Omega-3 (ω3 or n-3) long-chain polyunsaturated fatty acids (PUFA), including eicosapentaenoic acid and docosahexaenoic acid (DHA), play physiologically important roles in vertebrates. These compounds have long been believed to have originated almost exclusively from aquatic (mostly marine) single-cell organisms. Yet, a recent study has discovered that many invertebrates possess a type of enzymes called methyl-end desaturases (ωx) that enables them to endogenously produce n-3 long-chain PUFA and could make a significant contribution to production of these compounds in the marine environment. Polychaetes aremajor componentsofbenthic fauna andthusimportant tomaintain a robust foodweb as a recycler of organic matter and a prey item for higher trophic level species like fish. In the present study, we investigated the ωx enzymes fromthe common ragworm, Hediste diversicolor, a common inhabitant in sedimentary littoral ecosystemsof theNorthAtlantic. Functional assays of the H. diversicolor ωx demonstrated unique desaturation capacities. An ω3 desaturasemediated the conversion of n-6 fatty acid substrates into their corresponding n-3products includingDHA.Afurther enzymepossessedunique regioselectivities combining both ?6 andω3 desaturase activities. These results illustrate that the long-chainPUFAbiosynthetic enzymaticmachineryof aquatic invertebrates such as polychaetes is highly diverse and clarify that invertebrates can be major contributors to fatty acid trophic upgrading in aquatic food webs. This article is part of the theme issue 'The next horizons for lipids as 'trophic biomarkers': evidence and significance of consumer modification of dietary fatty acids'.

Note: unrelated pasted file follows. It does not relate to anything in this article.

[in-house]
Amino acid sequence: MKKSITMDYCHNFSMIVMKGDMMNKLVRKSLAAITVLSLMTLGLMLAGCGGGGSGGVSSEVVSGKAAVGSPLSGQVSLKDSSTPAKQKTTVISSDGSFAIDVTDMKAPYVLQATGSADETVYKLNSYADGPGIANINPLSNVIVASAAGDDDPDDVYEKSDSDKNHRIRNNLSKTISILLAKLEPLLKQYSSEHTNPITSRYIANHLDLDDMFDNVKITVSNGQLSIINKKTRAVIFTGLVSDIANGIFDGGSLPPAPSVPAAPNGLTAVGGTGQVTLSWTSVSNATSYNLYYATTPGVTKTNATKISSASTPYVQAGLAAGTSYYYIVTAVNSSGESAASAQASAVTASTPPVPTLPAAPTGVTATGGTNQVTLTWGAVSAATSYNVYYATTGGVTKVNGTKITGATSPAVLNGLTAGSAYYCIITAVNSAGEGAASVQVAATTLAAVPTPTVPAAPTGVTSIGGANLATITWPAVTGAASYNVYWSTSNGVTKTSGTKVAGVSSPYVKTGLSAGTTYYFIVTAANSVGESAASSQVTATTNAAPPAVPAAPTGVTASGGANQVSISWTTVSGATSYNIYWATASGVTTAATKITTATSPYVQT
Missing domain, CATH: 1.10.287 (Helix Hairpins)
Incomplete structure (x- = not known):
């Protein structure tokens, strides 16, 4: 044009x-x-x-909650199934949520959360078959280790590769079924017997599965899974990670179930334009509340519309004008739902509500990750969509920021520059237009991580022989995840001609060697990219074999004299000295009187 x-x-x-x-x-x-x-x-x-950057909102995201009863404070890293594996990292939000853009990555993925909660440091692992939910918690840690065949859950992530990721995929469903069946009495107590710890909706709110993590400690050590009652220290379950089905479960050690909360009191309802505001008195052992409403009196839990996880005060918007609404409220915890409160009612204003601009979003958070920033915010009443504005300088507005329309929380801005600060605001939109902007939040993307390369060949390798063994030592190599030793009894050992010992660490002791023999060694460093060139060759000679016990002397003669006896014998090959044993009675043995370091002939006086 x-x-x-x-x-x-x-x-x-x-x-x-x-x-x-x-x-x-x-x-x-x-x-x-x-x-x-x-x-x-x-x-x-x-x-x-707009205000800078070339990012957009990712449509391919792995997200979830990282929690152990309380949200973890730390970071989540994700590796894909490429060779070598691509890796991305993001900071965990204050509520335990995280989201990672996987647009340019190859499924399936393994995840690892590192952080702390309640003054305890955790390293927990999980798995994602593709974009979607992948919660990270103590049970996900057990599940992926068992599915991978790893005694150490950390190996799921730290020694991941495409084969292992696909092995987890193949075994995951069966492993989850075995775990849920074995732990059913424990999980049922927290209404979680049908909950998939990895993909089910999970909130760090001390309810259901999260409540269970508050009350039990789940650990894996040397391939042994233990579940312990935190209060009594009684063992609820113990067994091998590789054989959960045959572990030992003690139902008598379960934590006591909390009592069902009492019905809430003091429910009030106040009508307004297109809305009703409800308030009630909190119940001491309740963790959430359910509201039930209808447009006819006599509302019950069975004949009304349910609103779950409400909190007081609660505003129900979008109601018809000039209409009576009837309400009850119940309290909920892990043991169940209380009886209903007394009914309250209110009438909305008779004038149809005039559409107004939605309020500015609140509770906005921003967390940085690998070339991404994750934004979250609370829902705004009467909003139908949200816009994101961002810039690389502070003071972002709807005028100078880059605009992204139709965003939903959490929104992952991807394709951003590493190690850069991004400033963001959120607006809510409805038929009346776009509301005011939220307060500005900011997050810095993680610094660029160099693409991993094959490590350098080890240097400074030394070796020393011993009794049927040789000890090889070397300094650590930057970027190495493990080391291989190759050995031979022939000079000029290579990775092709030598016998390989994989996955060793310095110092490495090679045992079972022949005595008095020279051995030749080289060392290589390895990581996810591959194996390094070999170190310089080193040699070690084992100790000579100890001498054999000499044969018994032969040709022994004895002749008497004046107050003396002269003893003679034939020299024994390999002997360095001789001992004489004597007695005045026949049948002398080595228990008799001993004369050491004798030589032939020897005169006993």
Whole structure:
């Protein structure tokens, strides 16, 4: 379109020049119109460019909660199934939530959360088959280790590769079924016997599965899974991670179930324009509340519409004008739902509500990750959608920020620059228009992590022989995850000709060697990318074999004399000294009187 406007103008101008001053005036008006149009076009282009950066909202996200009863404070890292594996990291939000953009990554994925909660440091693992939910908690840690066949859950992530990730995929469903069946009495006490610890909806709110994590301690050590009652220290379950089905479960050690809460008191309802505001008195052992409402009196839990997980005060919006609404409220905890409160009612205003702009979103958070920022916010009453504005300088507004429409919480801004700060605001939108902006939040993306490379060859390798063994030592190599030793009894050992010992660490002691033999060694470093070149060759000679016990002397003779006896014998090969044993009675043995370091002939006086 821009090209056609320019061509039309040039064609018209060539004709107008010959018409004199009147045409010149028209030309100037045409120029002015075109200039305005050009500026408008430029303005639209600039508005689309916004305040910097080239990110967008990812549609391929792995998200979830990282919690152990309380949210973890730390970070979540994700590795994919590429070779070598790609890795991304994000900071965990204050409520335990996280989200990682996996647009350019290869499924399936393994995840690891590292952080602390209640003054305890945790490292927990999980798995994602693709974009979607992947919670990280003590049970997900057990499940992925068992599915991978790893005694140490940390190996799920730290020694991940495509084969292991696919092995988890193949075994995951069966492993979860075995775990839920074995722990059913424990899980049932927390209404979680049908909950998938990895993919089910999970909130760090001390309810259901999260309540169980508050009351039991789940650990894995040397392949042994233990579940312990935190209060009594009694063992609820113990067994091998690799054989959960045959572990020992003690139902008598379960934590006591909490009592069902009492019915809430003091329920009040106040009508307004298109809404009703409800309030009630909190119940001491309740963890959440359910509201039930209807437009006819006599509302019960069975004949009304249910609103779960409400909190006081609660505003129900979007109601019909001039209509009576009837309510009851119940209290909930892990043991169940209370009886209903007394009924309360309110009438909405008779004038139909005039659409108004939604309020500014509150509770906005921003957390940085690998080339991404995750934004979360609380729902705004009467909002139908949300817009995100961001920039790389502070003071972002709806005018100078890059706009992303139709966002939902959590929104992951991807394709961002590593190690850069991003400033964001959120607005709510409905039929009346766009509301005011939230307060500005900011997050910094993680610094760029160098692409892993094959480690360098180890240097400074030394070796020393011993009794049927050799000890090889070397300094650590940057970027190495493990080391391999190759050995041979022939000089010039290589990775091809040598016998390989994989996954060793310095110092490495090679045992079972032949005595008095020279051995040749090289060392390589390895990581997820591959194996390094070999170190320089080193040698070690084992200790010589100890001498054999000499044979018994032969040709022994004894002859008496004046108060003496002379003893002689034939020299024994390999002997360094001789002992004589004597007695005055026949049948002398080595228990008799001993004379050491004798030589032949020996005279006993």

|Journal||Philosophical Transactions of the Royal Society B: Biological Sciences|
|Publication status||Published - Aug 3 2020|
- Methyl-end desaturase
- N-3 long-chain PUFA
ASJC Scopus subject areas
- Biochemistry, Genetics and Molecular Biology(all)
- Agricultural and Biological Sciences(all)